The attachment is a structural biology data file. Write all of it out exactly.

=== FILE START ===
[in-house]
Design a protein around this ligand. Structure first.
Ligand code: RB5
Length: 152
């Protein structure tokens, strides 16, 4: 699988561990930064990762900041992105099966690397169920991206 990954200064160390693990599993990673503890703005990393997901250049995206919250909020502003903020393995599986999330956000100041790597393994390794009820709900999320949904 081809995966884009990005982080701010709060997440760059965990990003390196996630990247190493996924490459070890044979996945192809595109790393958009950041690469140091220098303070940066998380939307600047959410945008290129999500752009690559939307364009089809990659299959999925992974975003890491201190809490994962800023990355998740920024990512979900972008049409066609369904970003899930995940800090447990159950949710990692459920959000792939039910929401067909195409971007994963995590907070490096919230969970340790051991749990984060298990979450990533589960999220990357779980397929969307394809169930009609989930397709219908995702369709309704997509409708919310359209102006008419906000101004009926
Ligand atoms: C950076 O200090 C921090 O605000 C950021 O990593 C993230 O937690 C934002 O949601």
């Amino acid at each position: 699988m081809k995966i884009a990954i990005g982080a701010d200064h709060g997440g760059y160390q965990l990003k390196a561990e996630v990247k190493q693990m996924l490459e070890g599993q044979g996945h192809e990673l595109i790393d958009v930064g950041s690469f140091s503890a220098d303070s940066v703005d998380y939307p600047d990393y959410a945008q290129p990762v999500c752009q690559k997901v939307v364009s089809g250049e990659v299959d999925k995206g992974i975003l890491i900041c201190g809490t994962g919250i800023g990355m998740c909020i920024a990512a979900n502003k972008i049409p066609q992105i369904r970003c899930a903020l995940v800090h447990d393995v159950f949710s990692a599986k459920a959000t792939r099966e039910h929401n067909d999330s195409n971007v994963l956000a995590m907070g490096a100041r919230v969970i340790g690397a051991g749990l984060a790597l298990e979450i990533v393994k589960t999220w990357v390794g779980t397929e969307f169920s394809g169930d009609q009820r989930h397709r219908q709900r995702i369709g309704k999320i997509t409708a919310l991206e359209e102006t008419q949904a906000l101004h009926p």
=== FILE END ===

[in-house]
Design a protein around this ligand. Structure first.
Ligand code: RB5
Length: 152
């Protein structure tokens, strides 16, 4: 699988561990930064990762900041992105099966690397169920991206 990954200064160390693990599993990673503890703005990393997901250049995206919250909020502003903020393995599986999330956000100041790597393994390794009820709900999320949904 081809995966884009990005982080701010709060997440760059965990990003390196996630990247190493996924490459070890044979996945192809595109790393958009950041690469140091220098303070940066998380939307600047959410945008290129999500752009690559939307364009089809990659299959999925992974975003890491201190809490994962800023990355998740920024990512979900972008049409066609369904970003899930995940800090447990159950949710990692459920959000792939039910929401067909195409971007994963995590907070490096919230969970340790051991749990984060298990979450990533589960999220990357779980397929969307394809169930009609989930397709219908995702369709309704997509409708919310359209102006008419906000101004009926
Ligand atoms: C950076 O200090 C921090 O605000 C950021 O990593 C993230 O937690 C934002 O949601």
């Amino acid at each position: 699988m081809k995966i884009a990954i990005g982080a701010d200064h709060g997440g760059y160390q965990l990003k390196a561990e996630v990247k190493q693990m996924l490459e070890g599993q044979g996945h192809e990673l595109i790393d958009v930064g950041s690469f140091s503890a220098d303070s940066v703005d998380y939307p600047d990393y959410a945008q290129p990762v999500c752009q690559k997901v939307v364009s089809g250049e990659v299959d999925k995206g992974i975003l890491i900041c201190g809490t994962g919250i800023g990355m998740c909020i920024a990512a979900n502003k972008i049409p066609q992105i369904r970003c899930a903020l995940v800090h447990d393995v159950f949710s990692a599986k459920a959000t792939r099966e039910h929401n067909d999330s195409n971007v994963l956000a995590m907070g490096a100041r919230v969970i340790g690397a051991g749990l984060a790597l298990e979450i990533v393994k589960t999220w990357v390794g779980t397929e969307f169920s394809g169930d009609q009820r989930h397709r219908q709900r995702i369709g309704k999320i997509t409708a919310l991206e359209e102006t008419q949904a906000l101004h009926p």